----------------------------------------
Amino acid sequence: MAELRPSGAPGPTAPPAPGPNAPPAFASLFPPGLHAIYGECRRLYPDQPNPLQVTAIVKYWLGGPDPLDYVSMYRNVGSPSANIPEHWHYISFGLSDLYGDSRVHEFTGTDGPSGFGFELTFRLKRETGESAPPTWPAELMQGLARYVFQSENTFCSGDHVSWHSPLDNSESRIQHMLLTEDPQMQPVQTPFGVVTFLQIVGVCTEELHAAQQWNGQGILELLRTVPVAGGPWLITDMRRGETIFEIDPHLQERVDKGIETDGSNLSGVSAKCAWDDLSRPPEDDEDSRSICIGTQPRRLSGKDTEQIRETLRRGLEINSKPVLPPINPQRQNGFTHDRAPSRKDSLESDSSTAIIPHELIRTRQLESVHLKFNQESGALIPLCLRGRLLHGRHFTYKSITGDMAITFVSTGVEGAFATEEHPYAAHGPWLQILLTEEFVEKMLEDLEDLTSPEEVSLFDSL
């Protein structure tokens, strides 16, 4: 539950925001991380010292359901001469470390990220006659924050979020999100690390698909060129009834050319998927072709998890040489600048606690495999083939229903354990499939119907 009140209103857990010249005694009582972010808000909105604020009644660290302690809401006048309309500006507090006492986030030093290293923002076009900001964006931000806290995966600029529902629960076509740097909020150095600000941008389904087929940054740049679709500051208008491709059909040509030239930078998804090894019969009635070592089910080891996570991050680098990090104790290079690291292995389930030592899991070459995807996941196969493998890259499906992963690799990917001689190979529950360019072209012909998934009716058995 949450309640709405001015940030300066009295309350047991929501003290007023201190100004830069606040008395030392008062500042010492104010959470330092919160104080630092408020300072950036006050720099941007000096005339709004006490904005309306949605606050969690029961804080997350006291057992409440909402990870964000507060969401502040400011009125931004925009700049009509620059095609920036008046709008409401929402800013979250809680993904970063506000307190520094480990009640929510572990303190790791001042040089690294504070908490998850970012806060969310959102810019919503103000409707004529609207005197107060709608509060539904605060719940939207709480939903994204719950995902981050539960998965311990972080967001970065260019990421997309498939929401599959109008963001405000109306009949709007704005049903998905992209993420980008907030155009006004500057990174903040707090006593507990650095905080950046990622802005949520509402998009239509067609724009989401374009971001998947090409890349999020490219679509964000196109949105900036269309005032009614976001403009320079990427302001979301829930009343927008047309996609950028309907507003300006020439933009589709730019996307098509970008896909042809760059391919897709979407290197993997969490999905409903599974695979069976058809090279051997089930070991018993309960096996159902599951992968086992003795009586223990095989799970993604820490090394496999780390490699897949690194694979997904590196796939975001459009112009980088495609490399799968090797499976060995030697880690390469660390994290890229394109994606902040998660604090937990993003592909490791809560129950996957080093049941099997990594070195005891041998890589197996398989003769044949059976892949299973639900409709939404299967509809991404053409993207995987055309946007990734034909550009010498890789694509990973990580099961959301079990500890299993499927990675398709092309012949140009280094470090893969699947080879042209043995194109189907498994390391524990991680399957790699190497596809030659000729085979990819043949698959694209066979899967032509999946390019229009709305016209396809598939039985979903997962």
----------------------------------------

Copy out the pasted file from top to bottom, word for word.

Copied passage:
Amino acid sequence: MAELRPSGAPGPTAPPAPGPNAPPAFASLFPPGLHAIYGECRRLYPDQPNPLQVTAIVKYWLGGPDPLDYVSMYRNVGSPSANIPEHWHYISFGLSDLYGDSRVHEFTGTDGPSGFGFELTFRLKRETGESAPPTWPAELMQGLARYVFQSENTFCSGDHVSWHSPLDNSESRIQHMLLTEDPQMQPVQTPFGVVTFLQIVGVCTEELHAAQQWNGQGILELLRTVPVAGGPWLITDMRRGETIFEIDPHLQERVDKGIETDGSNLSGVSAKCAWDDLSRPPEDDEDSRSICIGTQPRRLSGKDTEQIRETLRRGLEINSKPVLPPINPQRQNGFTHDRAPSRKDSLESDSSTAIIPHELIRTRQLESVHLKFNQESGALIPLCLRGRLLHGRHFTYKSITGDMAITFVSTGVEGAFATEEHPYAAHGPWLQILLTEEFVEKMLEDLEDLTSPEEVSLFDSL
């Protein structure tokens, strides 16, 4: 539950925001991380010292359901001469470390990220006659924050979020999100690390698909060129009834050319998927072709998890040489600048606690495999083939229903354990499939119907 009140209103857990010249005694009582972010808000909105604020009644660290302690809401006048309309500006507090006492986030030093290293923002076009900001964006931000806290995966600029529902629960076509740097909020150095600000941008389904087929940054740049679709500051208008491709059909040509030239930078998804090894019969009635070592089910080891996570991050680098990090104790290079690291292995389930030592899991070459995807996941196969493998890259499906992963690799990917001689190979529950360019072209012909998934009716058995 949450309640709405001015940030300066009295309350047991929501003290007023201190100004830069606040008395030392008062500042010492104010959470330092919160104080630092408020300072950036006050720099941007000096005339709004006490904005309306949605606050969690029961804080997350006291057992409440909402990870964000507060969401502040400011009125931004925009700049009509620059095609920036008046709008409401929402800013979250809680993904970063506000307190520094480990009640929510572990303190790791001042040089690294504070908490998850970012806060969310959102810019919503103000409707004529609207005197107060709608509060539904605060719940939207709480939903994204719950995902981050539960998965311990972080967001970065260019990421997309498939929401599959109008963001405000109306009949709007704005049903998905992209993420980008907030155009006004500057990174903040707090006593507990650095905080950046990622802005949520509402998009239509067609724009989401374009971001998947090409890349999020490219679509964000196109949105900036269309005032009614976001403009320079990427302001979301829930009343927008047309996609950028309907507003300006020439933009589709730019996307098509970008896909042809760059391919897709979407290197993997969490999905409903599974695979069976058809090279051997089930070991018993309960096996159902599951992968086992003795009586223990095989799970993604820490090394496999780390490699897949690194694979997904590196796939975001459009112009980088495609490399799968090797499976060995030697880690390469660390994290890229394109994606902040998660604090937990993003592909490791809560129950996957080093049941099997990594070195005891041998890589197996398989003769044949059976892949299973639900409709939404299967509809991404053409993207995987055309946007990734034909550009010498890789694509990973990580099961959301079990500890299993499927990675398709092309012949140009280094470090893969699947080879042209043995194109189907498994390391524990991680399957790699190497596809030659000729085979990819043949698959694209066979899967032509999946390019229009709305016209396809598939039985979903997962």